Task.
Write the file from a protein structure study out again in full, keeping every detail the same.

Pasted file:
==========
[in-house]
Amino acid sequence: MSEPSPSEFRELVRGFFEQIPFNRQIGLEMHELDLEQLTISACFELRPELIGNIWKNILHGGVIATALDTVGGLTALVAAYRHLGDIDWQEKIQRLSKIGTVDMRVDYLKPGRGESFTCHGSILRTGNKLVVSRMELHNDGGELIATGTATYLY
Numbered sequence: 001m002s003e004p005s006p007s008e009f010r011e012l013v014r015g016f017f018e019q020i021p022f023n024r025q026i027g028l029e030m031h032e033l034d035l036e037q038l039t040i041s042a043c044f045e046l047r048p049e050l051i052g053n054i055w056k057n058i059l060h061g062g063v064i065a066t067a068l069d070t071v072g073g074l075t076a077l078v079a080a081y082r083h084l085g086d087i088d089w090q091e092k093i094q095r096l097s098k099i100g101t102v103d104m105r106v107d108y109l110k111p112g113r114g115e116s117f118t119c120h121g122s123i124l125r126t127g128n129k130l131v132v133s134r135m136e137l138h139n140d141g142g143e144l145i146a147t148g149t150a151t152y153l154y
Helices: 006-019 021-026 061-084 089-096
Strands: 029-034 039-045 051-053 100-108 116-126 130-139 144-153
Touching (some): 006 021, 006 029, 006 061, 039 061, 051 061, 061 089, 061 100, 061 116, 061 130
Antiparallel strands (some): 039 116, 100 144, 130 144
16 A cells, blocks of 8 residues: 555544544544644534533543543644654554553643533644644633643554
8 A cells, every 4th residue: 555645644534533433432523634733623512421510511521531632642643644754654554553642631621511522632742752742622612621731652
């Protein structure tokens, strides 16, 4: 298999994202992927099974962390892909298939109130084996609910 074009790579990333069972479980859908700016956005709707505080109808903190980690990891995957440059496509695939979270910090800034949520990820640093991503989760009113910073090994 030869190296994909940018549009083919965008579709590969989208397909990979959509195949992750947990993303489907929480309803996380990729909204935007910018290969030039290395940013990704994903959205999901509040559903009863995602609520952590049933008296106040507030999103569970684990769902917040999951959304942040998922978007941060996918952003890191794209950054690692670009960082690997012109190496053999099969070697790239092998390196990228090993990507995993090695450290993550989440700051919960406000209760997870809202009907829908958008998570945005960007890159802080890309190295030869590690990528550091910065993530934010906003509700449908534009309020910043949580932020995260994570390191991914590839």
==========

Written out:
[in-house]
Amino acid sequence: MSEPSPSEFRELVRGFFEQIPFNRQIGLEMHELDLEQLTISACFELRPELIGNIWKNILHGGVIATALDTVGGLTALVAAYRHLGDIDWQEKIQRLSKIGTVDMRVDYLKPGRGESFTCHGSILRTGNKLVVSRMELHNDGGELIATGTATYLY
Numbered sequence: 001m002s003e004p005s006p007s008e009f010r011e012l013v014r015g016f017f018e019q020i021p022f023n024r025q026i027g028l029e030m031h032e033l034d035l036e037q038l039t040i041s042a043c044f045e046l047r048p049e050l051i052g053n054i055w056k057n058i059l060h061g062g063v064i065a066t067a068l069d070t071v072g073g074l075t076a077l078v079a080a081y082r083h084l085g086d087i088d089w090q091e092k093i094q095r096l097s098k099i100g101t102v103d104m105r106v107d108y109l110k111p112g113r114g115e116s117f118t119c120h121g122s123i124l125r126t127g128n129k130l131v132v133s134r135m136e137l138h139n140d141g142g143e144l145i146a147t148g149t150a151t152y153l154y
Helices: 006-019 021-026 061-084 089-096
Strands: 029-034 039-045 051-053 100-108 116-126 130-139 144-153
Touching (some): 006 021, 006 029, 006 061, 039 061, 051 061, 061 089, 061 100, 061 116, 061 130
Antiparallel strands (some): 039 116, 100 144, 130 144
16 A cells, blocks of 8 residues: 555544544544644534533543543644654554553643533644644633643554
8 A cells, every 4th residue: 555645644534533433432523634733623512421510511521531632642643644754654554553642631621511522632742752742622612621731652
């Protein structure tokens, strides 16, 4: 298999994202992927099974962390892909298939109130084996609910 074009790579990333069972479980859908700016956005709707505080109808903190980690990891995957440059496509695939979270910090800034949520990820640093991503989760009113910073090994 030869190296994909940018549009083919965008579709590969989208397909990979959509195949992750947990993303489907929480309803996380990729909204935007910018290969030039290395940013990704994903959205999901509040559903009863995602609520952590049933008296106040507030999103569970684990769902917040999951959304942040998922978007941060996918952003890191794209950054690692670009960082690997012109190496053999099969070697790239092998390196990228090993990507995993090695450290993550989440700051919960406000209760997870809202009907829908958008998570945005960007890159802080890309190295030869590690990528550091910065993530934010906003509700449908534009309020910043949580932020995260994570390191991914590839």